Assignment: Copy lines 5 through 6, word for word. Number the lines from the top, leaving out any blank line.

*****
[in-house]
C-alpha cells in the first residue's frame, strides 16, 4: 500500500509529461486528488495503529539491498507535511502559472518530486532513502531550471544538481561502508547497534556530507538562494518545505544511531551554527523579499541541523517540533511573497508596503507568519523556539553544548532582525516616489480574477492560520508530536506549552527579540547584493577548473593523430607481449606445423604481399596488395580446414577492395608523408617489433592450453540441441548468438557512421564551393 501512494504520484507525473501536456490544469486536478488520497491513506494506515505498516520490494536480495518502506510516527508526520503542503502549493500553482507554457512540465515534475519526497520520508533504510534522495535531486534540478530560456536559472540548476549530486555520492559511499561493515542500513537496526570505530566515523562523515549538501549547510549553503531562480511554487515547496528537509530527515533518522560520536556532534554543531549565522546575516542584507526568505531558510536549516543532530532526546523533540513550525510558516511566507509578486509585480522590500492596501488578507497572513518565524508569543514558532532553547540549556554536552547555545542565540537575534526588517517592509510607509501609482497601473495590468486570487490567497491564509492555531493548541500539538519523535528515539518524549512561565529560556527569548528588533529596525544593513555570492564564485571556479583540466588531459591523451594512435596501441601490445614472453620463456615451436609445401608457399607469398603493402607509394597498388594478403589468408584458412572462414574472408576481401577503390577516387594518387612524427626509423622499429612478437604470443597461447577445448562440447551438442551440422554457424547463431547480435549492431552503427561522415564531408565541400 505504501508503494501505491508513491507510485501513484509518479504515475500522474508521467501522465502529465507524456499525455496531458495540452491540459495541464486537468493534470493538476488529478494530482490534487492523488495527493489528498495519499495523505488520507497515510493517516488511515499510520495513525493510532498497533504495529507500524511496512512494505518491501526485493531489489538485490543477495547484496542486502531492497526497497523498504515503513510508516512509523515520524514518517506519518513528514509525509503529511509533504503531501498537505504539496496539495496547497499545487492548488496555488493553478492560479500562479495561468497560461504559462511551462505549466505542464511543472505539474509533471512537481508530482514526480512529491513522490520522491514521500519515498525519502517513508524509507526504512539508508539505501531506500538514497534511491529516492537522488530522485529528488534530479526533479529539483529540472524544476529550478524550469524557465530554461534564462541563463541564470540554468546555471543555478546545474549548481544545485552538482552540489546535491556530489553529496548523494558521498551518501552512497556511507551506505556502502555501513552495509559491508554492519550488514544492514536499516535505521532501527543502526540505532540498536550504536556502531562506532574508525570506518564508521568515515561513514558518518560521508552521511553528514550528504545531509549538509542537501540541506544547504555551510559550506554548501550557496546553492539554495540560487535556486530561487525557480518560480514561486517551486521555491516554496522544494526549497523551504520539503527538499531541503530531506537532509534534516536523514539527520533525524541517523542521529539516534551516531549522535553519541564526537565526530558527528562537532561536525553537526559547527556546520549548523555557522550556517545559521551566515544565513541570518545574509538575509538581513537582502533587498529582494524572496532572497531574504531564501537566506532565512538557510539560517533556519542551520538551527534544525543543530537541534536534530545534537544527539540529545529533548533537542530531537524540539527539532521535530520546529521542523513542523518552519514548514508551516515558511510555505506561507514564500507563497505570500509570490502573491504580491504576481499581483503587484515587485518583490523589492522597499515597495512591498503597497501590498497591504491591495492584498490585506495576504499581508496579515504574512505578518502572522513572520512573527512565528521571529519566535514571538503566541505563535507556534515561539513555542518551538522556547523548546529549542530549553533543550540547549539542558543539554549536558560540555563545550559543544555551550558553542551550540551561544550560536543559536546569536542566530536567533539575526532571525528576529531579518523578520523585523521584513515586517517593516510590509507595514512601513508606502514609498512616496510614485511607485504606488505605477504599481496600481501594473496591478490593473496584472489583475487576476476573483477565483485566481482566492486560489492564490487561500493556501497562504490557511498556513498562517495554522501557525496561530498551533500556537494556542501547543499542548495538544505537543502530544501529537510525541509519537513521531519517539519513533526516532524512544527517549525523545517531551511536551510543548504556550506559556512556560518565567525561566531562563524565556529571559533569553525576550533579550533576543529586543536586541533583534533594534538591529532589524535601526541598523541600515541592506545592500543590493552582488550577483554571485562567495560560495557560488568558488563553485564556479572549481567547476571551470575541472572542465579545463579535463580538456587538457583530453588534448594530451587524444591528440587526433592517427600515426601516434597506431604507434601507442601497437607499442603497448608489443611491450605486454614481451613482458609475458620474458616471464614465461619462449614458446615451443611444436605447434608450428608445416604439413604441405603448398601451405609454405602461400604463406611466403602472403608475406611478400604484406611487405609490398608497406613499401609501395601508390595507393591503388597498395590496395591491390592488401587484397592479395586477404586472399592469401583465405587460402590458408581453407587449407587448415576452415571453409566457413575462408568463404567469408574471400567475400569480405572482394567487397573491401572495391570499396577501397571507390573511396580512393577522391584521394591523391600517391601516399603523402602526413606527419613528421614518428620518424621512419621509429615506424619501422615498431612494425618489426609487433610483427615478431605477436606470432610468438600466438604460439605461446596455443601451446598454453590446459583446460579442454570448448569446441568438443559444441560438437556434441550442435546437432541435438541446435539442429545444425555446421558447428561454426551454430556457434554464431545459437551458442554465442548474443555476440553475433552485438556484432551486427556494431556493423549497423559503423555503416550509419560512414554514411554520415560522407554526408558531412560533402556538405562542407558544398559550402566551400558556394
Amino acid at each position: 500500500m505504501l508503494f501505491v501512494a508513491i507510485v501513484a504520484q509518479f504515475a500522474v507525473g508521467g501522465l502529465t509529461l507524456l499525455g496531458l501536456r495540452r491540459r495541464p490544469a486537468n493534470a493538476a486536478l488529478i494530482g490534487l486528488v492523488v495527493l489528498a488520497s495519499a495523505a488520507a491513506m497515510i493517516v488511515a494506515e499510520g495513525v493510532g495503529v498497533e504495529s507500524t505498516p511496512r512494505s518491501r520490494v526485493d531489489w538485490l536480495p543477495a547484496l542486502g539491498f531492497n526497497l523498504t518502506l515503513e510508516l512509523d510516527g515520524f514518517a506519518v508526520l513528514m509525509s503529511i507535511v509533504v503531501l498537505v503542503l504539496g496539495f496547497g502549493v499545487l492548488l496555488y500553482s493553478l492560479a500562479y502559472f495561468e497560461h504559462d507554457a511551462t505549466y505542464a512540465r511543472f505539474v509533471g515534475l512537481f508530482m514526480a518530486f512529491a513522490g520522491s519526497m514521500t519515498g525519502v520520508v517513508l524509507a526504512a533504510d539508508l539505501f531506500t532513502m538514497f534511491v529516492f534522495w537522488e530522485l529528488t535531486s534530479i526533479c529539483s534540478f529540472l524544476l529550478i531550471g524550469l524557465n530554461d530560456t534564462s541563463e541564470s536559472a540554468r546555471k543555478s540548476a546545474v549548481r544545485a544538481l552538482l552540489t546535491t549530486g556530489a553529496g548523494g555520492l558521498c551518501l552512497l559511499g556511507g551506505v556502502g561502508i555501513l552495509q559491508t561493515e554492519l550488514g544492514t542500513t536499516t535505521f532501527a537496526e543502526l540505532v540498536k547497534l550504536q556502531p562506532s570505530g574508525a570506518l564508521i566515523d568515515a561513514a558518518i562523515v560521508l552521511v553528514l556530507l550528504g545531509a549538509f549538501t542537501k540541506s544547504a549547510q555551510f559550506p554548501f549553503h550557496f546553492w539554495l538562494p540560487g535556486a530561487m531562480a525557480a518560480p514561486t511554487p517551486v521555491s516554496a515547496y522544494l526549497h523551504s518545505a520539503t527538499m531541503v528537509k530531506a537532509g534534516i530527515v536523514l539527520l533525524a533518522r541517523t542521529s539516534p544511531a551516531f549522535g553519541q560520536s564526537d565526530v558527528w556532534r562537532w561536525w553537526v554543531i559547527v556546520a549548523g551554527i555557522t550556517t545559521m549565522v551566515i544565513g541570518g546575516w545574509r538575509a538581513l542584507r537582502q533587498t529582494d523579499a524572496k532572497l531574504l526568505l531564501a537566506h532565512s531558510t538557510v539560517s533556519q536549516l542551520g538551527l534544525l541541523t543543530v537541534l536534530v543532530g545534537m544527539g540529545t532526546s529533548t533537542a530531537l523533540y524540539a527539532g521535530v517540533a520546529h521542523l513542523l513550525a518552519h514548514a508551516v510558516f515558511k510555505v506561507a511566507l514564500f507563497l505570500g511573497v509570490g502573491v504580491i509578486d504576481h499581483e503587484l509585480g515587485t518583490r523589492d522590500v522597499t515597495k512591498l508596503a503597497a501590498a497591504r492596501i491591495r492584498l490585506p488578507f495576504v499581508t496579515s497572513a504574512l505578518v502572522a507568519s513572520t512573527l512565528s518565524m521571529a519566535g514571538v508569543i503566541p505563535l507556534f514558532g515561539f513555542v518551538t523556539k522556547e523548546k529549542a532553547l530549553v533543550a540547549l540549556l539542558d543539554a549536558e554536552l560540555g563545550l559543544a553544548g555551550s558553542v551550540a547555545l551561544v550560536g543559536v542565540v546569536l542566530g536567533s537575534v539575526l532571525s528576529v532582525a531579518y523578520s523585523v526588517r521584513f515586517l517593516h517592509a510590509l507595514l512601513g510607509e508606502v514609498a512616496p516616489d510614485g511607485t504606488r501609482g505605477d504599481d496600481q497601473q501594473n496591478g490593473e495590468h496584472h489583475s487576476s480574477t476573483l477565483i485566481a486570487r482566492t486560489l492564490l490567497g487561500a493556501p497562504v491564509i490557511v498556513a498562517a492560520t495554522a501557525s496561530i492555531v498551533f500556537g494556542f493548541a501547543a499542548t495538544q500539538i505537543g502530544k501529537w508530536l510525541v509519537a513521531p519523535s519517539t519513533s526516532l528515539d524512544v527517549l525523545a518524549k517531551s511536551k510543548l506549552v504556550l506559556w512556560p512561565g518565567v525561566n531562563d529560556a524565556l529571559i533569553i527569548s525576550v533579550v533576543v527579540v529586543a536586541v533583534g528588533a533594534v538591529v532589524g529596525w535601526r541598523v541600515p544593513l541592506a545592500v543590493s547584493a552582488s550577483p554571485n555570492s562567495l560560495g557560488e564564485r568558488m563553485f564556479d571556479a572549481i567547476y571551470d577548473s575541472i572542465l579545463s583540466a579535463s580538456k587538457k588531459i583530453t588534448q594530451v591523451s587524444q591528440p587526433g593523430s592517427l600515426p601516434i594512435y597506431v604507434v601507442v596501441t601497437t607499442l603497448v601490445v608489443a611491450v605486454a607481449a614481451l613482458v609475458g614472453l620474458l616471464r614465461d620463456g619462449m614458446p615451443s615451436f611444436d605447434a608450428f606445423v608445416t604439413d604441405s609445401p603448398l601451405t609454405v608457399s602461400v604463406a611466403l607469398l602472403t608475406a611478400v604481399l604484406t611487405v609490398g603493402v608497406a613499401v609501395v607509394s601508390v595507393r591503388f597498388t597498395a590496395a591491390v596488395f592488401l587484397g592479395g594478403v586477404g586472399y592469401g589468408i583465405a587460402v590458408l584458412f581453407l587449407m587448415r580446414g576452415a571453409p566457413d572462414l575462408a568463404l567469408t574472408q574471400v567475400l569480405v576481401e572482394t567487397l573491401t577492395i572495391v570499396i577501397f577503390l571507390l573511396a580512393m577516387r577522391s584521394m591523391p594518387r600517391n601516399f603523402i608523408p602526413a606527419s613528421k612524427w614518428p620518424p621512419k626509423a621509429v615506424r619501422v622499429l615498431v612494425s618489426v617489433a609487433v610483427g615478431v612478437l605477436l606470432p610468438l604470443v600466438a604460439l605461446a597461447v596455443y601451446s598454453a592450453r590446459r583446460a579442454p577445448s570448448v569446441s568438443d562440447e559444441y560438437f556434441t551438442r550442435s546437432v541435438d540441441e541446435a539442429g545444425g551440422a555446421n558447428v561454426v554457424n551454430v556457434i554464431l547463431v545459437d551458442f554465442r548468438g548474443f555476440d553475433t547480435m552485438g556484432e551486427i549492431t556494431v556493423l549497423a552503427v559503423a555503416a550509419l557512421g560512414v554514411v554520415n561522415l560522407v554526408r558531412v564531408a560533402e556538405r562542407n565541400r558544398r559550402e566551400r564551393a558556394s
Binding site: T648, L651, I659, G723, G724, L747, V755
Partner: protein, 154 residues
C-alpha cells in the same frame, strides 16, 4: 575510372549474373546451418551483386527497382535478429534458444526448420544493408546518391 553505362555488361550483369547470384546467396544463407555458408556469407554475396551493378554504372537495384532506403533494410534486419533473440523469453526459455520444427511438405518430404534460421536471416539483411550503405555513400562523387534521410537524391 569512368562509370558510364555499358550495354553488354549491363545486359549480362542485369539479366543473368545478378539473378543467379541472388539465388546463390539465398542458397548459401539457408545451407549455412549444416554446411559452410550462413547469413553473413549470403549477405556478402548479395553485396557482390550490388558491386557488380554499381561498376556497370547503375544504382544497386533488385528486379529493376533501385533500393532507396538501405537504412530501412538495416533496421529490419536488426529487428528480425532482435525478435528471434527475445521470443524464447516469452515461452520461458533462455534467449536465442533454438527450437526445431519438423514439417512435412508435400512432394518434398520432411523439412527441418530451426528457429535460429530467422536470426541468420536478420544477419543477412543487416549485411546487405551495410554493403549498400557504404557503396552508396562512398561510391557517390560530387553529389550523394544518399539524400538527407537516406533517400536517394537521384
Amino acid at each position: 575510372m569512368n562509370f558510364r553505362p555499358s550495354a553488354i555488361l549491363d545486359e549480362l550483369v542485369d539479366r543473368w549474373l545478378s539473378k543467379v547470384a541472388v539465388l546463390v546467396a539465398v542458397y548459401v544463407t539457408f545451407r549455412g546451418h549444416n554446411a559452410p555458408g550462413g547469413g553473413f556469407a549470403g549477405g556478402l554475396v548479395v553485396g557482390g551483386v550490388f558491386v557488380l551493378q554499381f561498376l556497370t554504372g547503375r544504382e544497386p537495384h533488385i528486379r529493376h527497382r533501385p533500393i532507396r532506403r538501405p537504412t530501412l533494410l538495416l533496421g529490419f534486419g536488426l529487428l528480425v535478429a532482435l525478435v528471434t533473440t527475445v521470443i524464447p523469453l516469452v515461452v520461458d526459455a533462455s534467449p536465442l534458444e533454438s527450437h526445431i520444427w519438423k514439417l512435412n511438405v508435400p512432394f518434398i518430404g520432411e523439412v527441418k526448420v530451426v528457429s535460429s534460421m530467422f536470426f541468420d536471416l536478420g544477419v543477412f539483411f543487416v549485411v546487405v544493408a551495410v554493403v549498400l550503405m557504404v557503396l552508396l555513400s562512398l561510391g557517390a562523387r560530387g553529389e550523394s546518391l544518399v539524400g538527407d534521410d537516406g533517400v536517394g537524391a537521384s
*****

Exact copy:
Partner: protein, 154 residues
C-alpha cells in the same frame, strides 16, 4: 575510372549474373546451418551483386527497382535478429534458444526448420544493408546518391 553505362555488361550483369547470384546467396544463407555458408556469407554475396551493378554504372537495384532506403533494410534486419533473440523469453526459455520444427511438405518430404534460421536471416539483411550503405555513400562523387534521410537524391 569512368562509370558510364555499358550495354553488354549491363545486359549480362542485369539479366543473368545478378539473378543467379541472388539465388546463390539465398542458397548459401539457408545451407549455412549444416554446411559452410550462413547469413553473413549470403549477405556478402548479395553485396557482390550490388558491386557488380554499381561498376556497370547503375544504382544497386533488385528486379529493376533501385533500393532507396538501405537504412530501412538495416533496421529490419536488426529487428528480425532482435525478435528471434527475445521470443524464447516469452515461452520461458533462455534467449536465442533454438527450437526445431519438423514439417512435412508435400512432394518434398520432411523439412527441418530451426528457429535460429530467422536470426541468420536478420544477419543477412543487416549485411546487405551495410554493403549498400557504404557503396552508396562512398561510391557517390560530387553529389550523394544518399539524400538527407537516406533517400536517394537521384